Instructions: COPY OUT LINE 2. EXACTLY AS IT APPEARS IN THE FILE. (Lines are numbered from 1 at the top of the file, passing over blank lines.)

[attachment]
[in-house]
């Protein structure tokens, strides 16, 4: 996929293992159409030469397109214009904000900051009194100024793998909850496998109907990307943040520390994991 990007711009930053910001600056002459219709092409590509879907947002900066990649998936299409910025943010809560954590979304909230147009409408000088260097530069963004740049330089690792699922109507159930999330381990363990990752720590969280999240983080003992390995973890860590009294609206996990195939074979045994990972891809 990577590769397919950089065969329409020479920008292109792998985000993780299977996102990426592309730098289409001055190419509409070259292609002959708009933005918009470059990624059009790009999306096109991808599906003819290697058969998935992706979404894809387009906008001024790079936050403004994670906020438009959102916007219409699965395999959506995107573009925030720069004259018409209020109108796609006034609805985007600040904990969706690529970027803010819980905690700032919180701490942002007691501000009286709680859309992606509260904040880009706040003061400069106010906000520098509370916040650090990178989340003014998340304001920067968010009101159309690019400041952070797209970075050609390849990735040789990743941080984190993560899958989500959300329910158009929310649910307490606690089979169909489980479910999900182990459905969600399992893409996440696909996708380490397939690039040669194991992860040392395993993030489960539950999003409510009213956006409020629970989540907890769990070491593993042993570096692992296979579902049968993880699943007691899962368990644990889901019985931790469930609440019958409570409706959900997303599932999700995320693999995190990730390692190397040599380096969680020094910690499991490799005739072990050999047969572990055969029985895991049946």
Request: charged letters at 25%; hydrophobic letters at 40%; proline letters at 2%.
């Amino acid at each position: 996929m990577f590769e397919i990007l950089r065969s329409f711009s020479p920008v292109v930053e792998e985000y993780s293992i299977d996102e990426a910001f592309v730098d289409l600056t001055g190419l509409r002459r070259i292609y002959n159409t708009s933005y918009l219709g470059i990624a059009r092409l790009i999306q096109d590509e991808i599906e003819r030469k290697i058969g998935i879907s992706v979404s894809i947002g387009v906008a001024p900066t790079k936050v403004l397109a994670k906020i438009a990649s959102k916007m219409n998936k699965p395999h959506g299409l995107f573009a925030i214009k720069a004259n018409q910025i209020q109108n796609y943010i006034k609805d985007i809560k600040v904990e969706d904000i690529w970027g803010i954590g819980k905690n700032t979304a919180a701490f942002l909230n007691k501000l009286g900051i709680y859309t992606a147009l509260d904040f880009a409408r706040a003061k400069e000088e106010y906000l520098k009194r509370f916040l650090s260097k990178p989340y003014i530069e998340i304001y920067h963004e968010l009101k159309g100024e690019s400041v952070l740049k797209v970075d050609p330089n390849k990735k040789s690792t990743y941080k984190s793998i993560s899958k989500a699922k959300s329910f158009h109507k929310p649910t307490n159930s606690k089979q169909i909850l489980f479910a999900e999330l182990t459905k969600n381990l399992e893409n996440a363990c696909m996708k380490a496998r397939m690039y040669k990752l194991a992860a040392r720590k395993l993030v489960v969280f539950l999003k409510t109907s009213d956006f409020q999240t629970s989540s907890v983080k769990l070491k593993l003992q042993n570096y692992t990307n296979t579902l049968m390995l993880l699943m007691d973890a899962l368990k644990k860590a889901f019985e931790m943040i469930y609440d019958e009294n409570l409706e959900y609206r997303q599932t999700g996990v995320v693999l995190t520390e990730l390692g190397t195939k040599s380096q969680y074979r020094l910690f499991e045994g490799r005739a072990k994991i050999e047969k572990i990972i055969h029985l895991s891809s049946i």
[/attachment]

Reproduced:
């Protein structure tokens, strides 16, 4: 996929293992159409030469397109214009904000900051009194100024793998909850496998109907990307943040520390994991 990007711009930053910001600056002459219709092409590509879907947002900066990649998936299409910025943010809560954590979304909230147009409408000088260097530069963004740049330089690792699922109507159930999330381990363990990752720590969280999240983080003992390995973890860590009294609206996990195939074979045994990972891809 990577590769397919950089065969329409020479920008292109792998985000993780299977996102990426592309730098289409001055190419509409070259292609002959708009933005918009470059990624059009790009999306096109991808599906003819290697058969998935992706979404894809387009906008001024790079936050403004994670906020438009959102916007219409699965395999959506995107573009925030720069004259018409209020109108796609006034609805985007600040904990969706690529970027803010819980905690700032919180701490942002007691501000009286709680859309992606509260904040880009706040003061400069106010906000520098509370916040650090990178989340003014998340304001920067968010009101159309690019400041952070797209970075050609390849990735040789990743941080984190993560899958989500959300329910158009929310649910307490606690089979169909489980479910999900182990459905969600399992893409996440696909996708380490397939690039040669194991992860040392395993993030489960539950999003409510009213956006409020629970989540907890769990070491593993042993570096692992296979579902049968993880699943007691899962368990644990889901019985931790469930609440019958409570409706959900997303599932999700995320693999995190990730390692190397040599380096969680020094910690499991490799005739072990050999047969572990055969029985895991049946």